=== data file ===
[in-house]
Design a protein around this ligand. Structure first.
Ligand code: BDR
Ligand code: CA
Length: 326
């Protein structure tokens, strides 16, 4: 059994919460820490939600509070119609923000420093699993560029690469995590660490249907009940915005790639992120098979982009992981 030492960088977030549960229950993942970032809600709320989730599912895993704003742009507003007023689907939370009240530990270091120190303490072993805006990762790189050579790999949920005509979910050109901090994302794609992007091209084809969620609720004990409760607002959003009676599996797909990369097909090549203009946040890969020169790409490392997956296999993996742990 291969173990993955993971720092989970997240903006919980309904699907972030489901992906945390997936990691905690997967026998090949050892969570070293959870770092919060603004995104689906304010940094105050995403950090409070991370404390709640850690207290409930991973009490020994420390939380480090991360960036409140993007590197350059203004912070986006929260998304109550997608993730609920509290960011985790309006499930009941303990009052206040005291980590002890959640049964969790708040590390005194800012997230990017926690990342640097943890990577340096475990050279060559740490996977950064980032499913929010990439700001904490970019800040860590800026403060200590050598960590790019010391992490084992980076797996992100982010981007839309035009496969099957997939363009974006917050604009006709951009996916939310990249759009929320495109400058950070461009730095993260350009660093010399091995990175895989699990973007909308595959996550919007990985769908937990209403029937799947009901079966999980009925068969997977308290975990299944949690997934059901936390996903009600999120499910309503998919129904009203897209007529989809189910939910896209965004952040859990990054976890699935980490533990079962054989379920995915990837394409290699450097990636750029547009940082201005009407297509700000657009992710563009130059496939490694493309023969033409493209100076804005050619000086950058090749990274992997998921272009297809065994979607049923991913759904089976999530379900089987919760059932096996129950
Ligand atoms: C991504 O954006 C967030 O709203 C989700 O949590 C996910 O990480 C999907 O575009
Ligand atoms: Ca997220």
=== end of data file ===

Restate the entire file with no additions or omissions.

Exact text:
[in-house]
Design a protein around this ligand. Structure first.
Ligand code: BDR
Ligand code: CA
Length: 326
């Protein structure tokens, strides 16, 4: 059994919460820490939600509070119609923000420093699993560029690469995590660490249907009940915005790639992120098979982009992981 030492960088977030549960229950993942970032809600709320989730599912895993704003742009507003007023689907939370009240530990270091120190303490072993805006990762790189050579790999949920005509979910050109901090994302794609992007091209084809969620609720004990409760607002959003009676599996797909990369097909090549203009946040890969020169790409490392997956296999993996742990 291969173990993955993971720092989970997240903006919980309904699907972030489901992906945390997936990691905690997967026998090949050892969570070293959870770092919060603004995104689906304010940094105050995403950090409070991370404390709640850690207290409930991973009490020994420390939380480090991360960036409140993007590197350059203004912070986006929260998304109550997608993730609920509290960011985790309006499930009941303990009052206040005291980590002890959640049964969790708040590390005194800012997230990017926690990342640097943890990577340096475990050279060559740490996977950064980032499913929010990439700001904490970019800040860590800026403060200590050598960590790019010391992490084992980076797996992100982010981007839309035009496969099957997939363009974006917050604009006709951009996916939310990249759009929320495109400058950070461009730095993260350009660093010399091995990175895989699990973007909308595959996550919007990985769908937990209403029937799947009901079966999980009925068969997977308290975990299944949690997934059901936390996903009600999120499910309503998919129904009203897209007529989809189910939910896209965004952040859990990054976890699935980490533990079962054989379920995915990837394409290699450097990636750029547009940082201005009407297509700000657009992710563009130059496939490694493309023969033409493209100076804005050619000086950058090749990274992997998921272009297809065994979607049923991913759904089976999530379900089987919760059932096996129950
Ligand atoms: C991504 O954006 C967030 O709203 C989700 O949590 C996910 O990480 C999907 O575009
Ligand atoms: Ca997220």